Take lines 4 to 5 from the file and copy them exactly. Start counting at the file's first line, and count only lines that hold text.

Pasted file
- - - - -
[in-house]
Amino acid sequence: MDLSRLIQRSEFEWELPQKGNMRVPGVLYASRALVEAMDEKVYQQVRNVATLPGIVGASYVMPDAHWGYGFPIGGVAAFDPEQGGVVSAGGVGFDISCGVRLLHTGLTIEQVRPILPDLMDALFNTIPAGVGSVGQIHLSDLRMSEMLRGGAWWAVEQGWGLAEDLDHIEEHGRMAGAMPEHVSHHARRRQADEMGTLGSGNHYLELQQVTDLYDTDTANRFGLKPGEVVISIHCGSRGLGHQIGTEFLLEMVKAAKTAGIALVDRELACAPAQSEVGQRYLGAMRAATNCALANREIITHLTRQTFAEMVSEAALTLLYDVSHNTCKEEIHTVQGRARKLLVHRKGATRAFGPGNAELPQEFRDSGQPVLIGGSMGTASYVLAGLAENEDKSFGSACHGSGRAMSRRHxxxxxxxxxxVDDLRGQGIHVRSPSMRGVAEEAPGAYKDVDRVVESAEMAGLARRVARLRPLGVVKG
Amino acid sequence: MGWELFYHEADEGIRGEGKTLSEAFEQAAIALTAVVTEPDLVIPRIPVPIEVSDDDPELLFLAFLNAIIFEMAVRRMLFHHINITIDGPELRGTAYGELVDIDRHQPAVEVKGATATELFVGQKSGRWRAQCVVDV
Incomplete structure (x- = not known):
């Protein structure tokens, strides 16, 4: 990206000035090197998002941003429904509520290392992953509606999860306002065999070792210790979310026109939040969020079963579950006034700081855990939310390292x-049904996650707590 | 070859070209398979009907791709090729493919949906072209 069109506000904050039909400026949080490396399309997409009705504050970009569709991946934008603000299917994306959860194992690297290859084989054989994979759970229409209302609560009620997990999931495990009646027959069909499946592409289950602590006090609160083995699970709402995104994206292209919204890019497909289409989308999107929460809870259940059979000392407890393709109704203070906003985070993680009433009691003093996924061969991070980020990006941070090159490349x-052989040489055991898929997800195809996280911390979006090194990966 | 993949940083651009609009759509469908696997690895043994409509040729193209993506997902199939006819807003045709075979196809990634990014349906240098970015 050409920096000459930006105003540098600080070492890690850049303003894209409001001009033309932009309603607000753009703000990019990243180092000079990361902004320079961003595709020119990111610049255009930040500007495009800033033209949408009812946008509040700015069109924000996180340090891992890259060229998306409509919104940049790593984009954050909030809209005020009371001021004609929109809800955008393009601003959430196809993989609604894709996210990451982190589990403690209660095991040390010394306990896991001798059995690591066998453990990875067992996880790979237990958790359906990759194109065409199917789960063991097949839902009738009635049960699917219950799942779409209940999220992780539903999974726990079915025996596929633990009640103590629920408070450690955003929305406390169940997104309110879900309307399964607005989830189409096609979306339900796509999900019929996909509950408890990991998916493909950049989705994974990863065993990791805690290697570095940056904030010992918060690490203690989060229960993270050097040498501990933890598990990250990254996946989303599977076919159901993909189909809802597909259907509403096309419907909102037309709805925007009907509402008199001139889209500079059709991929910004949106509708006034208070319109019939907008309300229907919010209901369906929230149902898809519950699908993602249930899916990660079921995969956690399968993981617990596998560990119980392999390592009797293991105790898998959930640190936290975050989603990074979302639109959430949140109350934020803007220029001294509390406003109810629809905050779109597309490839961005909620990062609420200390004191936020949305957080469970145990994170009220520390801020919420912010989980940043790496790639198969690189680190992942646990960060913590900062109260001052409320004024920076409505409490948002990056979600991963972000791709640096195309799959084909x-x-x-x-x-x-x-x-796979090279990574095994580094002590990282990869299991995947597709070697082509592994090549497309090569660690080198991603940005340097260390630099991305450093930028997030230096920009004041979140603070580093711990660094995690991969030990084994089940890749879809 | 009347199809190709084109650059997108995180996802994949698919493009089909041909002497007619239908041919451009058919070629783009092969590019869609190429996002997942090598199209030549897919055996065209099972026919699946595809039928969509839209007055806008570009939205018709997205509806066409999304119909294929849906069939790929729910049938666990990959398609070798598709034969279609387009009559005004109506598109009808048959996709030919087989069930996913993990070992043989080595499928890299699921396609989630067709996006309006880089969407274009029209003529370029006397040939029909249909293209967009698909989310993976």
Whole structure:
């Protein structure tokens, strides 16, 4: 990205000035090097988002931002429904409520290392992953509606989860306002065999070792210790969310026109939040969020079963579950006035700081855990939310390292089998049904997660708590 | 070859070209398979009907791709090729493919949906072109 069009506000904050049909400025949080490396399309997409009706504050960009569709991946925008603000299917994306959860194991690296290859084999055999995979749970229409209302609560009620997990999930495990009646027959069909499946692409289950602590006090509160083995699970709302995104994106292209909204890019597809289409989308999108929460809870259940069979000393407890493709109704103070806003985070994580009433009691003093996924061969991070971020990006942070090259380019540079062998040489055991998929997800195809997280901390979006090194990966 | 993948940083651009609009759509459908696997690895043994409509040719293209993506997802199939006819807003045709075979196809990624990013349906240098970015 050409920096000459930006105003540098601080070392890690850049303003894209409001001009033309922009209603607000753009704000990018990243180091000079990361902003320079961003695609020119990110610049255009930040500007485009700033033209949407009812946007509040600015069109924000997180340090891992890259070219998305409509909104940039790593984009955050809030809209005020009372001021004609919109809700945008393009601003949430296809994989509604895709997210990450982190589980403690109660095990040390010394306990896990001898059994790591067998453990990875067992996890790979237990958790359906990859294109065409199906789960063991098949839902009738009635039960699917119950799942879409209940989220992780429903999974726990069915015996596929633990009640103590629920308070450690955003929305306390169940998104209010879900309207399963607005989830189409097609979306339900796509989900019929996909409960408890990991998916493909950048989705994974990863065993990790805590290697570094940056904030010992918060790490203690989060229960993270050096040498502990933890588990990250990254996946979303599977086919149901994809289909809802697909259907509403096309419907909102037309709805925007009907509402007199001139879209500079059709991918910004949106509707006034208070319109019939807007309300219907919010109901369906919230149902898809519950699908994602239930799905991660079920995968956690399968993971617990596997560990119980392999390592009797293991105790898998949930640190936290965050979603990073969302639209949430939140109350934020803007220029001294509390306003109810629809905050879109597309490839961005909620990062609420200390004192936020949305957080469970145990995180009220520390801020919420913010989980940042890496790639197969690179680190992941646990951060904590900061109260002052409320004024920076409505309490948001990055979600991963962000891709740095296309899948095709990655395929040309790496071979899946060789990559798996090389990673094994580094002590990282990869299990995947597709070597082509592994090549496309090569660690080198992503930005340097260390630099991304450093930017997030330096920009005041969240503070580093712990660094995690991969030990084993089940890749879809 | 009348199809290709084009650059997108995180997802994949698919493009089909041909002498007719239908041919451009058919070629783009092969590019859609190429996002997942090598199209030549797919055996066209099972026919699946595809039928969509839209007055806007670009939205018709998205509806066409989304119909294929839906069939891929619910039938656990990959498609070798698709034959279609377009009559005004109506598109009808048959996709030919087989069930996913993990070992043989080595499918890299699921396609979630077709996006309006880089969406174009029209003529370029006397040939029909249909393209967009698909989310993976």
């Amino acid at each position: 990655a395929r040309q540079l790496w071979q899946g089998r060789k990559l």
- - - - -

Incomplete structure (x- = not known):
């Protein structure tokens, strides 16, 4: 990206000035090197998002941003429904509520290392992953509606999860306002065999070792210790979310026109939040969020079963579950006034700081855990939310390292x-049904996650707590 | 070859070209398979009907791709090729493919949906072209 069109506000904050039909400026949080490396399309997409009705504050970009569709991946934008603000299917994306959860194992690297290859084989054989994979759970229409209302609560009620997990999931495990009646027959069909499946592409289950602590006090609160083995699970709402995104994206292209919204890019497909289409989308999107929460809870259940059979000392407890393709109704203070906003985070993680009433009691003093996924061969991070980020990006941070090159490349x-052989040489055991898929997800195809996280911390979006090194990966 | 993949940083651009609009759509469908696997690895043994409509040729193209993506997902199939006819807003045709075979196809990634990014349906240098970015 050409920096000459930006105003540098600080070492890690850049303003894209409001001009033309932009309603607000753009703000990019990243180092000079990361902004320079961003595709020119990111610049255009930040500007495009800033033209949408009812946008509040700015069109924000996180340090891992890259060229998306409509919104940049790593984009954050909030809209005020009371001021004609929109809800955008393009601003959430196809993989609604894709996210990451982190589990403690209660095991040390010394306990896991001798059995690591066998453990990875067992996880790979237990958790359906990759194109065409199917789960063991097949839902009738009635049960699917219950799942779409209940999220992780539903999974726990079915025996596929633990009640103590629920408070450690955003929305406390169940997104309110879900309307399964607005989830189409096609979306339900796509999900019929996909509950408890990991998916493909950049989705994974990863065993990791805690290697570095940056904030010992918060690490203690989060229960993270050097040498501990933890598990990250990254996946989303599977076919159901993909189909809802597909259907509403096309419907909102037309709805925007009907509402008199001139889209500079059709991929910004949106509708006034208070319109019939907008309300229907919010209901369906929230149902898809519950699908993602249930899916990660079921995969956690399968993981617990596998560990119980392999390592009797293991105790898998959930640190936290975050989603990074979302639109959430949140109350934020803007220029001294509390406003109810629809905050779109597309490839961005909620990062609420200390004191936020949305957080469970145990994170009220520390801020919420912010989980940043790496790639198969690189680190992942646990960060913590900062109260001052409320004024920076409505409490948002990056979600991963972000791709640096195309799959084909x-x-x-x-x-x-x-x-796979090279990574095994580094002590990282990869299991995947597709070697082509592994090549497309090569660690080198991603940005340097260390630099991305450093930028997030230096920009004041979140603070580093711990660094995690991969030990084994089940890749879809 | 009347199809190709084109650059997108995180996802994949698919493009089909041909002497007619239908041919451009058919070629783009092969590019869609190429996002997942090598199209030549897919055996065209099972026919699946595809039928969509839209007055806008570009939205018709997205509806066409999304119909294929849906069939790929729910049938666990990959398609070798598709034969279609387009009559005004109506598109009808048959996709030919087989069930996913993990070992043989080595499928890299699921396609989630067709996006309006880089969407274009029209003529370029006397040939029909249909293209967009698909989310993976």